Monday, April 18, 2016

The Nest

This is the second children's book that I've read this year (the first one was The Inn Between) that frightened me more than any Stephen King novel I've ever read.  More than any adult horror novel I've ever read, to be frank.  And I wonder if it's just the story, or the fact that the story is intended for kids and I cannot imagine ever reading this as a child.


I mean, I read about horses.  And I read Animorphs.  The only Goosebumps book I read scared me so much that I wanted to bury it in the backyard.  I did not do this, as a classmate had loaned it to me and you just don't do that to other people's books, no matter how strongly you were convinced that it was completely real and would haunt you in real life.

Now, I'd like to think I'm a bit more, mmm, how do I say it?  Not tolerant.  Intrigued by the dark side of human nature.  And really, isn't that what good horror is all about?  The twisted, nasty things inside of us?

Kenneth Oppel's The Nest may certainly be read as an allegory for some sort of wickedness within, but at my core, I truly believe that it should be read straight, with no delving into symbolism.  I believe that this is possibly one of the scariest books I've ever read.  And that will definitely make it popular with the kids at the library!

If you're expecting something along the lines of Airborn or The Boundless, um, go read those books.  This Oppel is one I've not yet met (although I've also not read his Victor Frankenstein series).  Instead of a breathtaking adventure, he gives us a terrifyingly claustrophobic exploration of nightmares and magic.  With wasps.

Steve's life is complicated, to say the least.  His baby brother is fighting to stay alive, his parents run to hospital and go to support groups, and his sister Natalie is talking to the imaginary Mr. Nobody on her toy telephone.  After an unfortunate encounter with a wasp and a trip to the emergency room, Steve needs to carry an Epi-Pen and is supposed to get allergy shots.  But his dad is too busy with the baby to call the doctor about Steve.

So one night, after burrowing under the covers to ensure that the dark figure who occasionally appears at the foot of his bed cannot reach him, Steve awakes to a dazzling sight: luminous beings who promise that they've come to save his baby brother.

At first, Steve keeps the presence of the angels a secret--who would believe him?  But as his dreams become more frequent, the number of oddly-colored wasps buzzing about the house increases as well.  And the Metal Man who sharpens tools in his creaky old van comes by and rings the doorbell.  Who really means the family ill?  And just what did Steve promise when he said that the angels should fix his baby brother?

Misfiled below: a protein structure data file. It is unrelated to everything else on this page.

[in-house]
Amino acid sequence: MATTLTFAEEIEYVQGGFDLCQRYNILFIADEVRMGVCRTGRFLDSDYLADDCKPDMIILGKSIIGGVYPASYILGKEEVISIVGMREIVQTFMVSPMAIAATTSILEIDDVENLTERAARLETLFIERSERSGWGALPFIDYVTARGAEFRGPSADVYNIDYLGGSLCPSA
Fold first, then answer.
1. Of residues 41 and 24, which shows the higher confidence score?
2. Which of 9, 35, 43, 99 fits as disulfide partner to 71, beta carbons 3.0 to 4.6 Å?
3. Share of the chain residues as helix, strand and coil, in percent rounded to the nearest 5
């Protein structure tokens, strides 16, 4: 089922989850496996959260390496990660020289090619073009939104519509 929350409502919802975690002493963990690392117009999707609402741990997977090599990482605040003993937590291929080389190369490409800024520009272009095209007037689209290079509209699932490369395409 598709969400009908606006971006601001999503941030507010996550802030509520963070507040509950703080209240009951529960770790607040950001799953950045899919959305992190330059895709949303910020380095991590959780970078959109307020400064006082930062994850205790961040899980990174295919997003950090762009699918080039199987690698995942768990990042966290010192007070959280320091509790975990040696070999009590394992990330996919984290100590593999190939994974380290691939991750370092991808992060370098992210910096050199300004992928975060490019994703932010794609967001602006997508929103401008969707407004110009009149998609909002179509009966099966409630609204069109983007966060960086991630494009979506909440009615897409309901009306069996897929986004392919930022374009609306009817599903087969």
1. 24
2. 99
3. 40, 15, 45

The dream-vision clears, and they are not angels, but wasps.  Steve has been speaking with their queen.  They are building a brand-new baby inside the wasp nest lodged under the eaves.  They perform this "service" often--replacing "broken" babies with brand-new, perfectly-constructed ones.

So when Natalie's toy phone rings with messages from Mr. Nobody for Steve, and the Queen tells him that the "broken" baby simply can't be allowed to exist, and that she can fix him, too, Steve must fight.  Armed with a magical sickle, he enters a realm of quiet horror that's unlike anything I've ever encountered in kidlit before.

I cannot describe how or why, exactly, this frightened me so.  Perhaps it was that Steve's parents didn't believe him--but then, if your child was telling you that evil, giant talking wasps were threatening to kill your baby brother, what would you do?  Steve is helpless and alone, and that's what the wasps prey upon.

There was one factual quibble I had with this book, and that's that Steve knows he is supposed to inject his Epi-Pen into his wrist.  Um, if he did that, it would not be good.  Epi-Pens go in the meaty part of the thigh.  I accidentally auto-injected my Epi-Pen into my thumb as a teenager and almost lost it, because the high concentration of adrenaline stops circulation.  Let's just say very long needles were involved.  Do not stick your Epi-Pen anywhere but a nice, fleshy area.

The Nest reminded me a lot of David Almond's Skellig, but the evil wasps made it a million times more terrifying than the sweet melancholy of Skellig.

There's not enough of Klassen's art in the book to really make it worthwhile for his fans, either.  Just a few panels scattered throughout.

Readers of Goosebumps who are looking for something a bit quieter but no less freaky will love this.



2 comments:

  1. Goodness, that does sound scary! I guess it will keep kids away from wasp nests, anyway. ;-) I read a few Goosebumps as an adult and didn't find them too scary. I asked a Year 7 child, who said, "Yes, I know, but they were all we were allowed to read at primary school." The older kids much preferred Stephen King, though nobody has asked for his books in a while. Plenty of YA horror fiction.

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    1. I hand out Goosebumps books like candy on Halloween to 3rd/4th graders. I'm glad to have this one as a backup.

      Ugh, whenever I see the beginnings of a wasp nest I freak out and get someone else to get rid of it. I understand that they need a home but ... not near the library entrance, which was the last place I found one.

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